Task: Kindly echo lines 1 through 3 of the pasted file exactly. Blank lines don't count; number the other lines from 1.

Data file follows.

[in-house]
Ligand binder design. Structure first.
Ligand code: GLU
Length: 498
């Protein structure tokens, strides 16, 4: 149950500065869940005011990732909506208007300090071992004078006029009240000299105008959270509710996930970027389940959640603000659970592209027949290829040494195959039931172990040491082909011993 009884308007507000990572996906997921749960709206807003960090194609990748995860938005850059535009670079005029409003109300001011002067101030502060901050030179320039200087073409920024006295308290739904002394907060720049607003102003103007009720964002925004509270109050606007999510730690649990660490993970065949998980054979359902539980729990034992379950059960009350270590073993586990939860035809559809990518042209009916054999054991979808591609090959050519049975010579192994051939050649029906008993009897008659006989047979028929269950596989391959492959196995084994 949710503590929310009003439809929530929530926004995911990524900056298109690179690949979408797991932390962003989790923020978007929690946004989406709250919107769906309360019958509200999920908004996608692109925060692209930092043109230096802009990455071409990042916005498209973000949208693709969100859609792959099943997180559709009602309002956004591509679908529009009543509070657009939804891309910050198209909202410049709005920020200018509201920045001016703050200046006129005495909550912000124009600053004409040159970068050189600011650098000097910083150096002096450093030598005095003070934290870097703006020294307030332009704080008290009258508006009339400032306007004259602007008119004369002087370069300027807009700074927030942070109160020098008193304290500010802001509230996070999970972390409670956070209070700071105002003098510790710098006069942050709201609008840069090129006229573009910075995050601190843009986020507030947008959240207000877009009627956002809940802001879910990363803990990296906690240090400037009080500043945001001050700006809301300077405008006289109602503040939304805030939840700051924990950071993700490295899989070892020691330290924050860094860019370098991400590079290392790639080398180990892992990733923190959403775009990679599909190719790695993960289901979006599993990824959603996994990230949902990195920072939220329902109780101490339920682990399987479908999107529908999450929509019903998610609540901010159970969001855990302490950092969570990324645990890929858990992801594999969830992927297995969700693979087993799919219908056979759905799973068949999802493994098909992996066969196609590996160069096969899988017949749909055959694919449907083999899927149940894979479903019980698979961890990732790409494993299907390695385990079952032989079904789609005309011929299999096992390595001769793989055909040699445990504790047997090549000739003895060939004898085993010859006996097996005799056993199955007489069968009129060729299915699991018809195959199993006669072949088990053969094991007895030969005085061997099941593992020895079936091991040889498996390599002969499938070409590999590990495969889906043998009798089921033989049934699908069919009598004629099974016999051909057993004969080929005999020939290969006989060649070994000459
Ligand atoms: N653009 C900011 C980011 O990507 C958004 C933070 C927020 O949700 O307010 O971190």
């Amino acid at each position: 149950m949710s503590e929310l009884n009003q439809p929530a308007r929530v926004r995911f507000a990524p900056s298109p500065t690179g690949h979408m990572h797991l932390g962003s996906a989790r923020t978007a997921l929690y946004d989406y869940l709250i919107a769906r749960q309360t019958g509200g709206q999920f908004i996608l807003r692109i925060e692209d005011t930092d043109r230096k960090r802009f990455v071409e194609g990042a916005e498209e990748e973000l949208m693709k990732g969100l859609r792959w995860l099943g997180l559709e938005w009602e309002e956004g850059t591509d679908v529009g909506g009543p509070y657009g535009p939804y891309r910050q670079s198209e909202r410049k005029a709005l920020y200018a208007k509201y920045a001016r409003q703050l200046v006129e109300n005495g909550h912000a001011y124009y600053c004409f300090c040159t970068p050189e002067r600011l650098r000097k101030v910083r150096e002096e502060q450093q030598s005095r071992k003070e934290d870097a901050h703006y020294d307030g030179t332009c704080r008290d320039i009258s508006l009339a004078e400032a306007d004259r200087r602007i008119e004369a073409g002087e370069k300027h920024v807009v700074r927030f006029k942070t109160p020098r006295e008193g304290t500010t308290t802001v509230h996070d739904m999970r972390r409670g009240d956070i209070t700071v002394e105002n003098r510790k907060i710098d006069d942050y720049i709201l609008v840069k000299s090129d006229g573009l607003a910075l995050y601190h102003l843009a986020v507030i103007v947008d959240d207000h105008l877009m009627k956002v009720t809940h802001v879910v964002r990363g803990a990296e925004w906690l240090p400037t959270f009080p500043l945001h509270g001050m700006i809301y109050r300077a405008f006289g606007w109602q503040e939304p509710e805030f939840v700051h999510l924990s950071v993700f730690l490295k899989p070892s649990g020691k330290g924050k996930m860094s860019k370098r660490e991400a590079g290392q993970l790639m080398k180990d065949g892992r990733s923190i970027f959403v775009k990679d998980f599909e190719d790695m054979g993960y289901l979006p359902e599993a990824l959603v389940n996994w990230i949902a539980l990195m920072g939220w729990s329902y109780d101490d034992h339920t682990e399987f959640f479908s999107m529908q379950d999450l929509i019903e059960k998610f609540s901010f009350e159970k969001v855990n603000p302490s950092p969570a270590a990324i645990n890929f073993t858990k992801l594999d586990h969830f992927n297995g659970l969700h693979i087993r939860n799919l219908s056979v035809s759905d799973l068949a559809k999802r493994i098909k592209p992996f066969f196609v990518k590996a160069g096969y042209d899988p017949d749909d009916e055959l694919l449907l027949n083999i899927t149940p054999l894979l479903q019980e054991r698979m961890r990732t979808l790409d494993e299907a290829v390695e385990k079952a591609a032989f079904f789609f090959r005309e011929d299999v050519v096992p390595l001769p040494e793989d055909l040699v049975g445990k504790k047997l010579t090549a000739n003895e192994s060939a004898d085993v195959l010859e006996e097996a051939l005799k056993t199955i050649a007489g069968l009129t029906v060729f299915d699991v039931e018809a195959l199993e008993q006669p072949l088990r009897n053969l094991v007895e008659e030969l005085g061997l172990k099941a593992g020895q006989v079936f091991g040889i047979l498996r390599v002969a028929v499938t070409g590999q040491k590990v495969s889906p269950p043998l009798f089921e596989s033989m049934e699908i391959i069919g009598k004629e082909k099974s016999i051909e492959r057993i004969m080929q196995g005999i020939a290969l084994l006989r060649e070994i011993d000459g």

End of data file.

[in-house]
Ligand binder design. Structure first.
Ligand code: GLU